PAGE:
MRO still relies primarily upon a human workforce
The reason for this is simple. No other alternative has been able to provide the same level of advanced ability to strategically understand and cognitively adapt to this complex ecosystem that these workers operate in. To date, nothing can work or adapt as fast as a human.
Therefore, the mission of a typical robotics scientist should be to drastically reduce the risks that human operators face within the MRO value chain. They can do this by trying to place collaborative robots within the value chain equation.
I believe Europe should set a disruptive example for the whole world to follow by embracing these new working practices that use technology to ensure public health.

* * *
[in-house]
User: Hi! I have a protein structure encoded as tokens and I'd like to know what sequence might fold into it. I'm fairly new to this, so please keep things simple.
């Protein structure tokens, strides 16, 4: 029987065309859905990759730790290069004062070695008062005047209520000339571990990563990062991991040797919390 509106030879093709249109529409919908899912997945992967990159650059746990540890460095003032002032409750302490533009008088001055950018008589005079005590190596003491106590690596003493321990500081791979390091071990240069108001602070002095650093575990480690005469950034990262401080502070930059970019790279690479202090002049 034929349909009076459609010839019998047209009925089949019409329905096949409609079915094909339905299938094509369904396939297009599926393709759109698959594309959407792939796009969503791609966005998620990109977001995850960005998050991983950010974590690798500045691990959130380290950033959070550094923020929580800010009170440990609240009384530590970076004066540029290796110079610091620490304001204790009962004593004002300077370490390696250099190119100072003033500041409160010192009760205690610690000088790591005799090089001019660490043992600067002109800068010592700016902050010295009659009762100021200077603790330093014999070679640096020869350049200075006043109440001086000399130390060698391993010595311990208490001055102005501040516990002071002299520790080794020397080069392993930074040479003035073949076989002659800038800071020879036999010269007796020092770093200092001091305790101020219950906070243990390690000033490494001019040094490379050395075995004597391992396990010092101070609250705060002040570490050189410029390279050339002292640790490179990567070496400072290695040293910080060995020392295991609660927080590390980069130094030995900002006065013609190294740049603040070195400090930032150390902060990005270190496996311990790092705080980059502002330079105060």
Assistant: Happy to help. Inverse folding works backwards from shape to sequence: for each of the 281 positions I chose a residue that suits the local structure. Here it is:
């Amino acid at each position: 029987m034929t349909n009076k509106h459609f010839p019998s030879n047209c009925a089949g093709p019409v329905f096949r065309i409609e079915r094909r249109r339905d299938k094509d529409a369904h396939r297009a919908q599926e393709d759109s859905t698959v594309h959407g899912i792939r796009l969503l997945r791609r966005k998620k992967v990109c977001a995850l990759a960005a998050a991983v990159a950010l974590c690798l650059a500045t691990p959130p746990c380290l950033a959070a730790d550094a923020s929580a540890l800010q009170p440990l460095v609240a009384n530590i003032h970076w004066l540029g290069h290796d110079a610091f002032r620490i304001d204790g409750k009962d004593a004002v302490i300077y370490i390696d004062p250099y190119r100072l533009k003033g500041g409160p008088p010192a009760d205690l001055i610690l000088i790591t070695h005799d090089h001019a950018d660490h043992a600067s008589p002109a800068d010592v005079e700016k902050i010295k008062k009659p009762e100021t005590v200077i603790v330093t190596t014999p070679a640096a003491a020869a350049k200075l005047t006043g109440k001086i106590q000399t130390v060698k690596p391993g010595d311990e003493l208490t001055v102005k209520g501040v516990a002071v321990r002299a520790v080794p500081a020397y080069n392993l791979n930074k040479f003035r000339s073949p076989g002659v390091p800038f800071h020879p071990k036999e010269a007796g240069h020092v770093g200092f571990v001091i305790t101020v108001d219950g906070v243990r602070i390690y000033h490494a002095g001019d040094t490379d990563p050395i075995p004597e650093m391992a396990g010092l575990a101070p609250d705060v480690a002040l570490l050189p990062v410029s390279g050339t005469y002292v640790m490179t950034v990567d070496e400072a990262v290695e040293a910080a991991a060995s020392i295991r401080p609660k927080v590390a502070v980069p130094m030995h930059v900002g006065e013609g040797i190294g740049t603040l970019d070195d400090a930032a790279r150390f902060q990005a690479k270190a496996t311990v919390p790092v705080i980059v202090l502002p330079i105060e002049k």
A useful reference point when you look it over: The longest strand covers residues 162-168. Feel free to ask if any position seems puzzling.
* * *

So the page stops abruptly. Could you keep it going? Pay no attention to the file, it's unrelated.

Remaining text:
If they are able to accomplish these large technical and scientific leaps, we could see the mass adoption of collaborative robots used across a multitude of applications, from agriculture to energy generation.
The next generation of collaborative robots that we are likely to see will be equipped with physical and cognitive skills. For such robots to be effectively deployed on maintenance sites, there is a critical need to immediately understand working practices and operational constraints. They will need to capture the goals and constraints of the tasks, while minimizing the major overhaul that will take place for how the human workforce operates.
For humans and robots to collaborate successfully, the key barriers associated with how humans competently handle robots will need to be overcome. Above all, it is not reasonable to ask a human workforce to acquire skills in robotic programming or to automatically exchange information through coding.